A urinary tract infection or UTI is one of the more common health issues in dogs and cats, particularly in adulthood but it can happen at any age. Typically owners will notice that their pet has some blood in the urine combined with increasing frequency of urination that tends to leave a strong odor. In many instances this becomes a problem since the dog urinates in the home even though they are fully housetrained, or the cat urinates outside of the litterbox and on the new bathroom rug. Other symptoms can include dribbling and lack of bladder control, cloudy urine, whining or vocalizing while urinating, increased water consumption, fatigue and fever and trying to urinate without producing anything. Some dogs, particularly females, may lick at the genital area.
Most UTIs are bladder infections that can be easily treated with a variety of different types of antibiotics. The infection typically occurs because of the design of the dog’s urinary tract. In females in particular the urethra, which is actually a very short tube that allows urine to move from the bladder to the outside world, also allows bacteria to move from the exterior to the bladder, increasing the risk of a UTI. However, there can also be chronic types of reoccurring UTIs. These tend to be much more involved and difficult to diagnoses. Often they may be a symptom of another medical condition such as bladder stones, antibiotic resistant bacteria or crystals or chemicals in the urine that predispose the dog or cat to problems. In less common situations the chronic UTI may also be a sign of cancer, diabetes, problems with the hormonal levels in the body, prostate disease or some type of congenital malformation of the urinary tract.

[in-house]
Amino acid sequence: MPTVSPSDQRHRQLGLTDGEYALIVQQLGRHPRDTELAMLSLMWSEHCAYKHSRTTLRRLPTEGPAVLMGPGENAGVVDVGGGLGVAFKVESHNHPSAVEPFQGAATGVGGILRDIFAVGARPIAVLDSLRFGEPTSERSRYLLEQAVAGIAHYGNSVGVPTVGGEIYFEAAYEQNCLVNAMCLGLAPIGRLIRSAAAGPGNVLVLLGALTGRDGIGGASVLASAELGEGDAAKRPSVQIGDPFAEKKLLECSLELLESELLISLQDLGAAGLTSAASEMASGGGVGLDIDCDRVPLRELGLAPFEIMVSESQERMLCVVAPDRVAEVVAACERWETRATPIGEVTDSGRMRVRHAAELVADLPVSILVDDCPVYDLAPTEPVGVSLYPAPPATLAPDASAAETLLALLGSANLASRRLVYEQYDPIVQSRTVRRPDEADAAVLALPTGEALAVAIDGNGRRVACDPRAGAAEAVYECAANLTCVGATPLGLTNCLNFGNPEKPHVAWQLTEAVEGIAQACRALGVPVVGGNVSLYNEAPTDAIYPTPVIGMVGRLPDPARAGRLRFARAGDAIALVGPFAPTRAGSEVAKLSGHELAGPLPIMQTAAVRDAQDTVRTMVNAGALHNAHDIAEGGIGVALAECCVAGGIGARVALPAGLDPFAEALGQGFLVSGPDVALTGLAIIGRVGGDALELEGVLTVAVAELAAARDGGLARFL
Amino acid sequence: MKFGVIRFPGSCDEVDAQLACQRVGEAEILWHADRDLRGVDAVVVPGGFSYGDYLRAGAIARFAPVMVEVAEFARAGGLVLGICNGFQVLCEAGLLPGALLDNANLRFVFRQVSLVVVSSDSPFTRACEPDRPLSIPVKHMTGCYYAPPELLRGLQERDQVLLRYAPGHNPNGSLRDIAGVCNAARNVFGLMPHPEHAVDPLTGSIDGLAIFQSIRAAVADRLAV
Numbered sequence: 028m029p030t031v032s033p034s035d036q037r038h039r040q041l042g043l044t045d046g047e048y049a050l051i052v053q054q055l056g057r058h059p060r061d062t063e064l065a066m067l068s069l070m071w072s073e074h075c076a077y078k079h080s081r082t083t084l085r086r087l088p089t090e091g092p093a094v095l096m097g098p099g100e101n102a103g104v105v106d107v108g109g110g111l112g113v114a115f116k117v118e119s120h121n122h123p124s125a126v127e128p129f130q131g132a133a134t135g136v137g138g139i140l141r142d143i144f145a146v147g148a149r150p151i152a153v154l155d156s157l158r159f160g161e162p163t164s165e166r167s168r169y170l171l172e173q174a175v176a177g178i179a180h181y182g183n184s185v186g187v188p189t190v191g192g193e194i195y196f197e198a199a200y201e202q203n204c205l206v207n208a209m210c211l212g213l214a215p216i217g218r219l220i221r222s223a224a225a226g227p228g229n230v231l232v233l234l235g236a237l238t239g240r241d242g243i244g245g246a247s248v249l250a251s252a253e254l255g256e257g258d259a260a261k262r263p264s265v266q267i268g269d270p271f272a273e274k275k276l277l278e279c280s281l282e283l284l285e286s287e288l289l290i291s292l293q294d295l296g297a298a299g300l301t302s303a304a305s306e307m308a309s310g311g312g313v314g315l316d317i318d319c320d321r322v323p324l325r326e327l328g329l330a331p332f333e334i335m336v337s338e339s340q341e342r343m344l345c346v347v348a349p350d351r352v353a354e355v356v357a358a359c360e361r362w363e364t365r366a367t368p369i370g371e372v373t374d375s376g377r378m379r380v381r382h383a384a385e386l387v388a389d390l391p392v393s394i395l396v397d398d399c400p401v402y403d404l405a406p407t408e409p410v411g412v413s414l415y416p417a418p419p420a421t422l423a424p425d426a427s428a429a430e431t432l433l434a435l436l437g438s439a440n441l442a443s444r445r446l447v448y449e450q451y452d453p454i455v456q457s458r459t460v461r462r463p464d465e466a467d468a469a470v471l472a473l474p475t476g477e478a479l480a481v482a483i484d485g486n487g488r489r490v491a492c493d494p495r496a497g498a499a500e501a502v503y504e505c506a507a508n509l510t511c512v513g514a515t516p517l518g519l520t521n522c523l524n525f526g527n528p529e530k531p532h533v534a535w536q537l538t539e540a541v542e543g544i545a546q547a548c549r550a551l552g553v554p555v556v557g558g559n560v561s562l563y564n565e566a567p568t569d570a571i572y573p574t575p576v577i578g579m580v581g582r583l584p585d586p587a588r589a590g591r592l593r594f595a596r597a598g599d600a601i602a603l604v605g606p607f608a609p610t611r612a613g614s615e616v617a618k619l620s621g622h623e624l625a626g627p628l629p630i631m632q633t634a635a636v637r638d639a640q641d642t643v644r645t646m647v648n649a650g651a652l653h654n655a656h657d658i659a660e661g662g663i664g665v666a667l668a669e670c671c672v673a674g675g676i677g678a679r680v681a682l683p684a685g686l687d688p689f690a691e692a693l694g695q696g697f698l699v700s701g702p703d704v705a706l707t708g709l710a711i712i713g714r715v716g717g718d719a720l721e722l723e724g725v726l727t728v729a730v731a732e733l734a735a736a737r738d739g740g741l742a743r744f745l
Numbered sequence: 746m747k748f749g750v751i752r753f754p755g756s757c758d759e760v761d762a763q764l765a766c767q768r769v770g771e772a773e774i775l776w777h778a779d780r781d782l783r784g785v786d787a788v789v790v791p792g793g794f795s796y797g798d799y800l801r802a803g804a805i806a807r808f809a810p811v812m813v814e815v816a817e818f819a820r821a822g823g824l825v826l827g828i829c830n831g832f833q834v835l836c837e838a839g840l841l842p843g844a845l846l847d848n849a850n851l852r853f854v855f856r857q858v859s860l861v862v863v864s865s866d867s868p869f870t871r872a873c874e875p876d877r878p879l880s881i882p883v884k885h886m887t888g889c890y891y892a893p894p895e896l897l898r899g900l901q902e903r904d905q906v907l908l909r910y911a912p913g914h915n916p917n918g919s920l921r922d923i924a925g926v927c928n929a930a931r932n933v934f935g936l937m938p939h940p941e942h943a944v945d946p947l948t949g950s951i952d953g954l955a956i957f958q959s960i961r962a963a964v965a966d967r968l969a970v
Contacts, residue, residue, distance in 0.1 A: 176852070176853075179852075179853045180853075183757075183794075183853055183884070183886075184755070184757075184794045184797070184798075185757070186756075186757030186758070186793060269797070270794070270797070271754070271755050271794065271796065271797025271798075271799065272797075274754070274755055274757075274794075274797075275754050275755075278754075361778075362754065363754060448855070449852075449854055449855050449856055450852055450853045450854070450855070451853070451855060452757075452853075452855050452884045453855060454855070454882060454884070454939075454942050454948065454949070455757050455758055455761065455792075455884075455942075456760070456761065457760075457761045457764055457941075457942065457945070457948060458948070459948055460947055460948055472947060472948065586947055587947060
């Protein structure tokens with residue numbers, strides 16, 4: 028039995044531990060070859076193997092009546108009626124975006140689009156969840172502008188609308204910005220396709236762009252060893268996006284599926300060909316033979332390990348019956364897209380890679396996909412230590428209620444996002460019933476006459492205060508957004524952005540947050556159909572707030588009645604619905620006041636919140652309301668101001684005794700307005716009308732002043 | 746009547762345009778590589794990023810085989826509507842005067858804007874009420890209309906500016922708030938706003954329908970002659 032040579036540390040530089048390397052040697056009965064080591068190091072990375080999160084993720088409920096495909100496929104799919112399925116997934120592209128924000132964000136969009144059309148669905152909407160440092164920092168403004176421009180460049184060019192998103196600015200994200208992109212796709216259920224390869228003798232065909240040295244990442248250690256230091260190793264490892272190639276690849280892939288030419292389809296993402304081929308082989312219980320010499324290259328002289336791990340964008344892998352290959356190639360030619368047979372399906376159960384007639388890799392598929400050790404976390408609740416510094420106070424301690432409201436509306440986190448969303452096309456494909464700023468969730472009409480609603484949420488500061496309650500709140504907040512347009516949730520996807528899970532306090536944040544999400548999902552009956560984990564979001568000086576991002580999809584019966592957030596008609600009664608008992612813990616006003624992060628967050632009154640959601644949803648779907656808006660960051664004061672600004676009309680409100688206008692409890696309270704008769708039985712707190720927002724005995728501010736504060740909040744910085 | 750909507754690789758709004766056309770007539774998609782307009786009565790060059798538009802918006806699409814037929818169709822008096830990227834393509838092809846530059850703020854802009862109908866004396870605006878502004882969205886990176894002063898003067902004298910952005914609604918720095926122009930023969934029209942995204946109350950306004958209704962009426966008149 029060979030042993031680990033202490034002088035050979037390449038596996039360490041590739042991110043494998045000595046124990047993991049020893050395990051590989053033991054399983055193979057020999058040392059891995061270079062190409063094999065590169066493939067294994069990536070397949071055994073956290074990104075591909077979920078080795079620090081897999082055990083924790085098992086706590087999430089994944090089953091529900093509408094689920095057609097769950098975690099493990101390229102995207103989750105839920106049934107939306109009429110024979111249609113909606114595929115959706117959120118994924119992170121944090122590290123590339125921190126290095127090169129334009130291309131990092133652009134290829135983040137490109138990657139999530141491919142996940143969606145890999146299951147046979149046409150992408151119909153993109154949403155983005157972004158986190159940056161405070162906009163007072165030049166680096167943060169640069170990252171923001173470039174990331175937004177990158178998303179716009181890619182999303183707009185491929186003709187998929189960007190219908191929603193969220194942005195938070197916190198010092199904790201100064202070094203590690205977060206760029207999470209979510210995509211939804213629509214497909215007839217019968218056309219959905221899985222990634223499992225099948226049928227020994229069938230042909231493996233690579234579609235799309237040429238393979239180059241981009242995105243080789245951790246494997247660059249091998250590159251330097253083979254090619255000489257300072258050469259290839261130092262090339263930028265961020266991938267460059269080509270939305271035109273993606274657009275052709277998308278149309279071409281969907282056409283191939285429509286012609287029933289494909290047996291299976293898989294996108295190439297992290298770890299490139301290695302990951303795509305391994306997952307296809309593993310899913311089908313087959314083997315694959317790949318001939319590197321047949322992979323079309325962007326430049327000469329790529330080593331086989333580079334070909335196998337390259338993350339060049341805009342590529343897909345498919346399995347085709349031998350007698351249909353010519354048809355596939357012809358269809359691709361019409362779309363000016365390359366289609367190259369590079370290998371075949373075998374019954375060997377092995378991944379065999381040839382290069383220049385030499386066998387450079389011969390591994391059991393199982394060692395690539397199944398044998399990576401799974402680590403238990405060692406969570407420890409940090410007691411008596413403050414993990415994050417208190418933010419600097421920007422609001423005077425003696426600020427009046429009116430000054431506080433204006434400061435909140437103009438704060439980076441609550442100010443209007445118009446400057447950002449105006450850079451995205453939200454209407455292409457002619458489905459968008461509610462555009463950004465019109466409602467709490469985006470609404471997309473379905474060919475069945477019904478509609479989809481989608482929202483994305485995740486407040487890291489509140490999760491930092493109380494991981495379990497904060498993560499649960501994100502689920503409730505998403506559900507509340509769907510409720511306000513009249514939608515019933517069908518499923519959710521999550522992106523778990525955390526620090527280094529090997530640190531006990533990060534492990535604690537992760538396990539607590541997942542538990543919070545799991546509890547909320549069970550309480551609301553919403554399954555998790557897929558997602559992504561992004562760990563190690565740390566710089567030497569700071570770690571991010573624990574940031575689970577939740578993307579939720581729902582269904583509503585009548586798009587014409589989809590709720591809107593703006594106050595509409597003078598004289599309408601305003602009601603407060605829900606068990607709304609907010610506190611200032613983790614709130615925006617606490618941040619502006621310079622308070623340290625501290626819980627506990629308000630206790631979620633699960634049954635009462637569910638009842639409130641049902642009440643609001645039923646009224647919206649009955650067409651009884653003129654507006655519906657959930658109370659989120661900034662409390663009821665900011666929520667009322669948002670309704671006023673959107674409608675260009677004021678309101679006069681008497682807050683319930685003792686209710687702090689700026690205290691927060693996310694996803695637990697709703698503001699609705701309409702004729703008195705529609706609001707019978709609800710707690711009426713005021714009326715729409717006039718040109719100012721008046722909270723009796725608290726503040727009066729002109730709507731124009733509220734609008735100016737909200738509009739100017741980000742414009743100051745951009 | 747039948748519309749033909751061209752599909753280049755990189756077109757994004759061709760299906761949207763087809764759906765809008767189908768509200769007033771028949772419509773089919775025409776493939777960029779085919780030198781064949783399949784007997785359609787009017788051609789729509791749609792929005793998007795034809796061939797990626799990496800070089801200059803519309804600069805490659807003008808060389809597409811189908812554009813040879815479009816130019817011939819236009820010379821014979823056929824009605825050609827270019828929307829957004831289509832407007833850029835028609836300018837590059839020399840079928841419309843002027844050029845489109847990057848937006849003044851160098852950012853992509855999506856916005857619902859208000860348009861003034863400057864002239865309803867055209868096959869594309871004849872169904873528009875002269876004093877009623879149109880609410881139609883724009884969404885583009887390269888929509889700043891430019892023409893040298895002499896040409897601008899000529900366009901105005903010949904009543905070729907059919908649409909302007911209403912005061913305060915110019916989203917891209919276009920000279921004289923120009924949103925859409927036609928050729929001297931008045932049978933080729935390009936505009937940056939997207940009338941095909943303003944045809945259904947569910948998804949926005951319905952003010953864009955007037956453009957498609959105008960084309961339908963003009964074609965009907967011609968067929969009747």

Diagnosing a UTI starts with collecting a fresh urine sample and checking for the presence of the common causes of infection. Often a course of antibiotics is all that is needed along with access to lots of fresh water. For some dogs and cats there may be a need to treat with intravenous fluids to counteract any dehydration that may be present. Changing the diet can also help based on the specific cause of the UTI.